The World Health Organization said Monday that i will temporarily halt the use of hydroxychloroquine — the anti-malarial drug for treating coronavirus patients due to safety concerns.
The announcement came after a study published in The Lancet medical journal last week suggested the drug could increase the risk of death among COVID-19 patients, WHO chief Tedros Adhanom Ghebreyesus told a virtual news conference.
“The Executive Group has implemented a temporary pause of the hydroxychloroquine arm within the Solidarity Trial while the safety data is reviewed by the Data Safety Monitoring Board,” said WHO Director-General Tedros Adhanom Ghebreyesus.
He said the other arms of the trial – a major international initiative to hold clinical tests of potential treatments for the virus – were continuing.
Hydroxychloroquine is normally used to treat arthritis but public figures including US President Donald Trump have backed the drug as a virus treatment, prompting governments to bulk buy.
Last week, Trump announced he was taking hydroxychloroquine although he has not tested positive for COVID-19. His own administration has warned the drug can have deadly side effects, and both the European Medicines Agency and the U.S. Food and Drug Administration warned health professionals last month that the drug should not be used to treat COVID-19 outside of hospital or research settings due to numerous serious side effects that in some cases can be fatal.
In an interview aired on Sunday on Sinclair Broadcasting Trump said he had completed his course.
“Finished, just finished,” Trump said. “And by the way, I’m still here. To the best of my knowledge, here I am.”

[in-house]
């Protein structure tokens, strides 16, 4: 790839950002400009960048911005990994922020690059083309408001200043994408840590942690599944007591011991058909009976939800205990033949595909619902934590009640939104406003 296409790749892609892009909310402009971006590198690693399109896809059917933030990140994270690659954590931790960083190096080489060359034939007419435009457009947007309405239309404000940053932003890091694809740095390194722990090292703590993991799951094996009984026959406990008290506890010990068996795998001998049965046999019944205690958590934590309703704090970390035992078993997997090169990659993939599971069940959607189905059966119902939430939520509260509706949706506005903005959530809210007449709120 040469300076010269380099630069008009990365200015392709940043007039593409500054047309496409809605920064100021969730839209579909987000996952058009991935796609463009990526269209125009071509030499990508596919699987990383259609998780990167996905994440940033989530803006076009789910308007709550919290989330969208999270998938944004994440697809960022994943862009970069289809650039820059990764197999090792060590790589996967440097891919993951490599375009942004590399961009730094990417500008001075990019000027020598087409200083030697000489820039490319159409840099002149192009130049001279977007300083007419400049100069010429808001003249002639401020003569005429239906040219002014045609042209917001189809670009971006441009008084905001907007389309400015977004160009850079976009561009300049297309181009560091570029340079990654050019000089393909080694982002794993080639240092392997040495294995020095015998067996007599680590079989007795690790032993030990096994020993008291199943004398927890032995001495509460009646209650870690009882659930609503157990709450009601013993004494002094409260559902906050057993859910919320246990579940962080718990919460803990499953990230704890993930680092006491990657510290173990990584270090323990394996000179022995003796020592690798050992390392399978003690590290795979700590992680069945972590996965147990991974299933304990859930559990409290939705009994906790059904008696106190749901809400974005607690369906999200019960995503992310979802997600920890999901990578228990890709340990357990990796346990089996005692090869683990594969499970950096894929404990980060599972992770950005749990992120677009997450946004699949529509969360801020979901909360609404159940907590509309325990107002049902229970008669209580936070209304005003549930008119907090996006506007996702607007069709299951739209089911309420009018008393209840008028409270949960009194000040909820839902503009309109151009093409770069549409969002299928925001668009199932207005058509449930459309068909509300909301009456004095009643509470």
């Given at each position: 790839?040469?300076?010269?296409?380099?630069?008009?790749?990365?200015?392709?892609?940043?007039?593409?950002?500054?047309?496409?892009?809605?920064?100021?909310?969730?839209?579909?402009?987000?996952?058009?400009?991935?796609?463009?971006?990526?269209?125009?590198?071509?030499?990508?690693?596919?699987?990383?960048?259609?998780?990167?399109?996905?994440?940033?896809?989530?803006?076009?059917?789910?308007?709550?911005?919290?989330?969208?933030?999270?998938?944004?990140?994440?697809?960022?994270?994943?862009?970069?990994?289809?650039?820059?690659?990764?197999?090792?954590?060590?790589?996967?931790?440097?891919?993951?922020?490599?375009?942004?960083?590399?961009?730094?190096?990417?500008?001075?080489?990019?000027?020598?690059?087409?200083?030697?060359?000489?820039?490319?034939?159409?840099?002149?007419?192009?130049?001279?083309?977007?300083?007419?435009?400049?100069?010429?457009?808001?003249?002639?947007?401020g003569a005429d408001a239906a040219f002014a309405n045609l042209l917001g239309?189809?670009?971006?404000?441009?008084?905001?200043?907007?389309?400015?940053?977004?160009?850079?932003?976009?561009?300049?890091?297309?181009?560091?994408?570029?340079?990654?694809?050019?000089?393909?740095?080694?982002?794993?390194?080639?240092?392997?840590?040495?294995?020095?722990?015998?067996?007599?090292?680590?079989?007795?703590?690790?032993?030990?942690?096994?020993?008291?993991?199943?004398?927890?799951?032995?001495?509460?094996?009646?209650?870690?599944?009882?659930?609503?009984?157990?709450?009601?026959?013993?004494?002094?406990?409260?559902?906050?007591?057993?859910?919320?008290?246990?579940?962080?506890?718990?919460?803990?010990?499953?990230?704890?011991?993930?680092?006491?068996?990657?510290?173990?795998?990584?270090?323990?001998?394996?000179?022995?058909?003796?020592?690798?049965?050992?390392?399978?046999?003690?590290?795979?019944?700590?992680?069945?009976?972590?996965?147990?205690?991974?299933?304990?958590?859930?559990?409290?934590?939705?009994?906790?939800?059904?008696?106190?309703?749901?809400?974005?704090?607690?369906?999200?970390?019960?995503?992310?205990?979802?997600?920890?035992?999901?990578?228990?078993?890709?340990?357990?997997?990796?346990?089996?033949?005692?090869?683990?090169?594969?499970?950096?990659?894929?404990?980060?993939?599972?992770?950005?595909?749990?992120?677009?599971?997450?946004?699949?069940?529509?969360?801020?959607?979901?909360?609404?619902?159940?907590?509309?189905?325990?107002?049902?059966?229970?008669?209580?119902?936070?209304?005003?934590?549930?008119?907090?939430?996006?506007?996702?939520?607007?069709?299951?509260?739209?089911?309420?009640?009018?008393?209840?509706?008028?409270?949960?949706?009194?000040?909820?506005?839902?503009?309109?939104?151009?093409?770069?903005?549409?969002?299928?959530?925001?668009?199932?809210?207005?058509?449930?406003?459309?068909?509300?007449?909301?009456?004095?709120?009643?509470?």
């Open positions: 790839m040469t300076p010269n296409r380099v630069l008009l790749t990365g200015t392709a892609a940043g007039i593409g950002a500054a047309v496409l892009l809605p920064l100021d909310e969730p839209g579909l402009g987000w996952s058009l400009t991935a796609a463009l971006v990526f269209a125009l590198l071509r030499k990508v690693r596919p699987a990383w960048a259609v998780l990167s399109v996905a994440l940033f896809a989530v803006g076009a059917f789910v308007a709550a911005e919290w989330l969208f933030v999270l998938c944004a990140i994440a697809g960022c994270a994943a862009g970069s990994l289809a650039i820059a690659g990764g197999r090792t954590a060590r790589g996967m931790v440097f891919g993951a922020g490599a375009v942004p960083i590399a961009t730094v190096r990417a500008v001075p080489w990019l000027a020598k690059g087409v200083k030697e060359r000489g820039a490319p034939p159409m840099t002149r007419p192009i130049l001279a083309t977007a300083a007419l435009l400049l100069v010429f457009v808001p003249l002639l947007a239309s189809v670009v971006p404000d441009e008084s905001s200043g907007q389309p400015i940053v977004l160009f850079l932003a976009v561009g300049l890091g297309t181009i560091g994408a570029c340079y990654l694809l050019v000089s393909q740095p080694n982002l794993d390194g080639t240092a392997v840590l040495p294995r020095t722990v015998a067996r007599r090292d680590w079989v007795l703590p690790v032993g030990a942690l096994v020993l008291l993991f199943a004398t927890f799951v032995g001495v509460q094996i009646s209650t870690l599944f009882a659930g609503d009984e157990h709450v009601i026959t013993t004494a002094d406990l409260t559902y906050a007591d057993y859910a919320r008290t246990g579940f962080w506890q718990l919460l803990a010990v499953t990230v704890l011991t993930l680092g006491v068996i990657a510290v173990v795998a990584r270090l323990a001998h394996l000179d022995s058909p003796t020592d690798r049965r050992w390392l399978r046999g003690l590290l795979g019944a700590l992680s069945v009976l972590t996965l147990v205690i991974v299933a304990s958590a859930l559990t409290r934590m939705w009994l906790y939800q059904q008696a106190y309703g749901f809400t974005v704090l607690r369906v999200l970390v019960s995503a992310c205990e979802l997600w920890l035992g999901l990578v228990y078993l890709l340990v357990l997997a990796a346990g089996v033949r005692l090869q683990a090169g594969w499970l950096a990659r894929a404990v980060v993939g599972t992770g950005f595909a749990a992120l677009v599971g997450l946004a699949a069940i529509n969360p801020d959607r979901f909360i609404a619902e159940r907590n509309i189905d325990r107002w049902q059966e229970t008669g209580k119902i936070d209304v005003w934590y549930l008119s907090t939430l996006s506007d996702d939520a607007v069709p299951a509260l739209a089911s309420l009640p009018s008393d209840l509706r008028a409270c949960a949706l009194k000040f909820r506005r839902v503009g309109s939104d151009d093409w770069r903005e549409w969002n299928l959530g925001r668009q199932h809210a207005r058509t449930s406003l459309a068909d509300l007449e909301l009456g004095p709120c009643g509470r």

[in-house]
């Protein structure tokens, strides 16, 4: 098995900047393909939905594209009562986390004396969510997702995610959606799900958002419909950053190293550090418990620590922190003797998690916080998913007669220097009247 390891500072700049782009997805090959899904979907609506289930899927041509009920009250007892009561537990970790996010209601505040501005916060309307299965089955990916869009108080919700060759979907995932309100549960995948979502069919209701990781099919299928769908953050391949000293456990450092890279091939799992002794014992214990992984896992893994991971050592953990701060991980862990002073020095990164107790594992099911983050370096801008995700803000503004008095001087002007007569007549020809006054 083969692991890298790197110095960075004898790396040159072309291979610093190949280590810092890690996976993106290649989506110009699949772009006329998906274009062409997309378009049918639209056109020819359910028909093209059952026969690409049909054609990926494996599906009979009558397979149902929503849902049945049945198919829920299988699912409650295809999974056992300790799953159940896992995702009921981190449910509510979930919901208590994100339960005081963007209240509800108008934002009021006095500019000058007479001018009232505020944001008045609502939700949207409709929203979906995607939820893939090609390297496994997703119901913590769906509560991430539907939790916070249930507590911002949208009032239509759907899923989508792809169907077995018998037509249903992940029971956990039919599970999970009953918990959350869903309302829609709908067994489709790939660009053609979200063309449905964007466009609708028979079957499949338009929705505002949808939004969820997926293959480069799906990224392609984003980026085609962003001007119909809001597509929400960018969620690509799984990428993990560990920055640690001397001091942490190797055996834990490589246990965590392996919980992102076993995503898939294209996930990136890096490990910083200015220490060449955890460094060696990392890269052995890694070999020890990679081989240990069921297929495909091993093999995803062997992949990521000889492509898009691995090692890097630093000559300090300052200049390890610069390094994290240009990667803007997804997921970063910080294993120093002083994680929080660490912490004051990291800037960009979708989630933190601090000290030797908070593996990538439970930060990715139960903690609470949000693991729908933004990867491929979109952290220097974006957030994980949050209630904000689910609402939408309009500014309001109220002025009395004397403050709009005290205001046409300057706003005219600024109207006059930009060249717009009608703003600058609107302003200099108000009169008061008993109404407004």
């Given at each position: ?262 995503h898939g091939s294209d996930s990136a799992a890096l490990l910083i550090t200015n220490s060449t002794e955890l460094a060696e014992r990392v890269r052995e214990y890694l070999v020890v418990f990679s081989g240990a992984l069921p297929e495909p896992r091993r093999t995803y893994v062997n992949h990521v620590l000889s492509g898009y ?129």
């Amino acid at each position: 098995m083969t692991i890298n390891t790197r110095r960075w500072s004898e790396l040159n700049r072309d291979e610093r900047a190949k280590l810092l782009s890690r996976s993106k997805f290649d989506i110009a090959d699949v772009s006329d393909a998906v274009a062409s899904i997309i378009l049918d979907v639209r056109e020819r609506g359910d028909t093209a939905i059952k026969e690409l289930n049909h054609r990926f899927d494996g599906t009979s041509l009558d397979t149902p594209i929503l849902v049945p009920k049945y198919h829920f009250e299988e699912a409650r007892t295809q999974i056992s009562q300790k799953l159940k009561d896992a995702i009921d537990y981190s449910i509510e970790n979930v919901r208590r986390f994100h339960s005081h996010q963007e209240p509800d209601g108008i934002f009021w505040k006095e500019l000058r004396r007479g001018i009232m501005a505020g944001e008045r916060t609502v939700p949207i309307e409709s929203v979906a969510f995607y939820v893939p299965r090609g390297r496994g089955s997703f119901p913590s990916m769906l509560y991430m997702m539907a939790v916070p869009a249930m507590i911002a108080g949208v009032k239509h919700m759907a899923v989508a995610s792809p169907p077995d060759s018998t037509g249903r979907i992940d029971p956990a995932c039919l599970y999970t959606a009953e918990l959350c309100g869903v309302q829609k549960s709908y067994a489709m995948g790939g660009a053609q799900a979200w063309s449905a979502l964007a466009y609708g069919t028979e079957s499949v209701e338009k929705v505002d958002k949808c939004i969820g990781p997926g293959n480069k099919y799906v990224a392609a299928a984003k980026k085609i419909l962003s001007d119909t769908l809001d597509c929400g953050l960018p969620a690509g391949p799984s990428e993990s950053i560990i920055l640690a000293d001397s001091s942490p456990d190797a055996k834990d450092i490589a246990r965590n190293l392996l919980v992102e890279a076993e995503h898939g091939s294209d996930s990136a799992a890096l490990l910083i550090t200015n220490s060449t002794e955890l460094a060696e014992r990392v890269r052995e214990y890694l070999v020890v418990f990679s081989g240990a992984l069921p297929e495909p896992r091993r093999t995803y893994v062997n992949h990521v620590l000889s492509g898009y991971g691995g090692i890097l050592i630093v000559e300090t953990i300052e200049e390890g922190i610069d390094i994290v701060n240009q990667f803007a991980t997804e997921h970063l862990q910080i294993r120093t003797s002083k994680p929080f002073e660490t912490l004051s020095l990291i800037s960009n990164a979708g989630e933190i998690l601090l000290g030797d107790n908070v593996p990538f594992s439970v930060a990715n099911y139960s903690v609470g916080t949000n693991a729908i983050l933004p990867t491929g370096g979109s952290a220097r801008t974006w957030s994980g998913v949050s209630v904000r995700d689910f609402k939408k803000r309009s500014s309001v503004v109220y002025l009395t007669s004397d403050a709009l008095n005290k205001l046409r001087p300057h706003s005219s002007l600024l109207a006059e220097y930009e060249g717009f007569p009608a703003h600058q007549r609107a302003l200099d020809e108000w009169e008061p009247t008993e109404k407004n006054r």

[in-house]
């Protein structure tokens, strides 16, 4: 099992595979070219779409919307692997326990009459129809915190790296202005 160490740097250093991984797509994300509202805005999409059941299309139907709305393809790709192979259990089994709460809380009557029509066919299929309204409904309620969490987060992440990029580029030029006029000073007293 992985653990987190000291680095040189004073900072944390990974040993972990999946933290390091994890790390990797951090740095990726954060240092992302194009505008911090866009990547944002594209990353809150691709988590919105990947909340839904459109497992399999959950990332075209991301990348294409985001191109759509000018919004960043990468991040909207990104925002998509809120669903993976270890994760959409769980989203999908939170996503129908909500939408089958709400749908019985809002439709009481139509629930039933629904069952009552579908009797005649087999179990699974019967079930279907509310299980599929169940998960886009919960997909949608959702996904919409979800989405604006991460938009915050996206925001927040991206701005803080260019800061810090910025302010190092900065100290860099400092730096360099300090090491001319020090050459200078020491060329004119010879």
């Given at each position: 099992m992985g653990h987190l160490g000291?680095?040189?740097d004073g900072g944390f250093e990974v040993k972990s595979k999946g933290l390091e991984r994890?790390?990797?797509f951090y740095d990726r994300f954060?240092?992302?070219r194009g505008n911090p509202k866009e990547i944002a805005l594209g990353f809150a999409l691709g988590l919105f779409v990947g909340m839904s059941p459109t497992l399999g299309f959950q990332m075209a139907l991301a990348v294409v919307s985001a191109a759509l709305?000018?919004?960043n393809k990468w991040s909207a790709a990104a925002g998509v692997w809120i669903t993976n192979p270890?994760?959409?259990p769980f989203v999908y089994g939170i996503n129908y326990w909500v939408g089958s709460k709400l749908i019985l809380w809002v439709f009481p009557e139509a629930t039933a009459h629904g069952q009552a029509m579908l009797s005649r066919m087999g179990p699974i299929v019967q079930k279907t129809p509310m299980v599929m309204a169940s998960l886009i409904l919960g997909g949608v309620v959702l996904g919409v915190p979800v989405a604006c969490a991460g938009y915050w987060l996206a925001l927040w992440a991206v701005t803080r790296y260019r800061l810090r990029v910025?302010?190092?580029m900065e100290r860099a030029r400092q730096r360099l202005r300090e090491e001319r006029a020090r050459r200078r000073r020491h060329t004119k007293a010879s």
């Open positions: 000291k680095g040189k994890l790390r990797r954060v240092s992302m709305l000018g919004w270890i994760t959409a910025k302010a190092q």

Brazil’s health minister also recommended last week using hydroxychloroquine, as well as the anti-malarial chloroquine, to treat even mild COVID-19 cases.
The Lancet study found that both drugs could produce potentially serious side effects, particularly heart arrhythmia.
And neither drug helped patients hospitalized with COVID-19, according to the study, which looked at the records of 96,000 patients across hundreds of hospitals.
Tedros said both drugs were generally safe for patients with autoimmune diseases or malaria.
WHO chief scientist Soumya Swaminathan told Monday’s briefing the Solidarity Trial had been looking only at the effects of hydroxychloroquine and not chloroquine.
The decision to suspend enrollment for trials using hydroxychloroquine was “a temporary measure”, she said.
The COVID-19 pandemic, which began late last year in China, has killed nearly 350,000 people worldwide and infected almost 5.5 million, according to figures compiled by the U.S-based Johns Hopkins University.
While there is still no approved treatment or vaccine, drastic measures that at one point saw half of humanity under lockdown have reduced transmission rates in several countries.
As many nations begin to gradually lift restrictions, the WHO stressed the need to maintain physical distancing and to scale up efforts to test and detect cases.
“All countries need to remain on high alert,” WHO expert Maria Van Kerkhove said.
“The virus will take the opportunity to amplify if it can.”
WHO emergencies chief Michael Ryan warned against the idea that the pandemic might move in seasonal waves.
“Making an assumption that it is on a downward trajectory, and the next danger point is some time in October or November, I think that would be a dangerous assumption,” he said.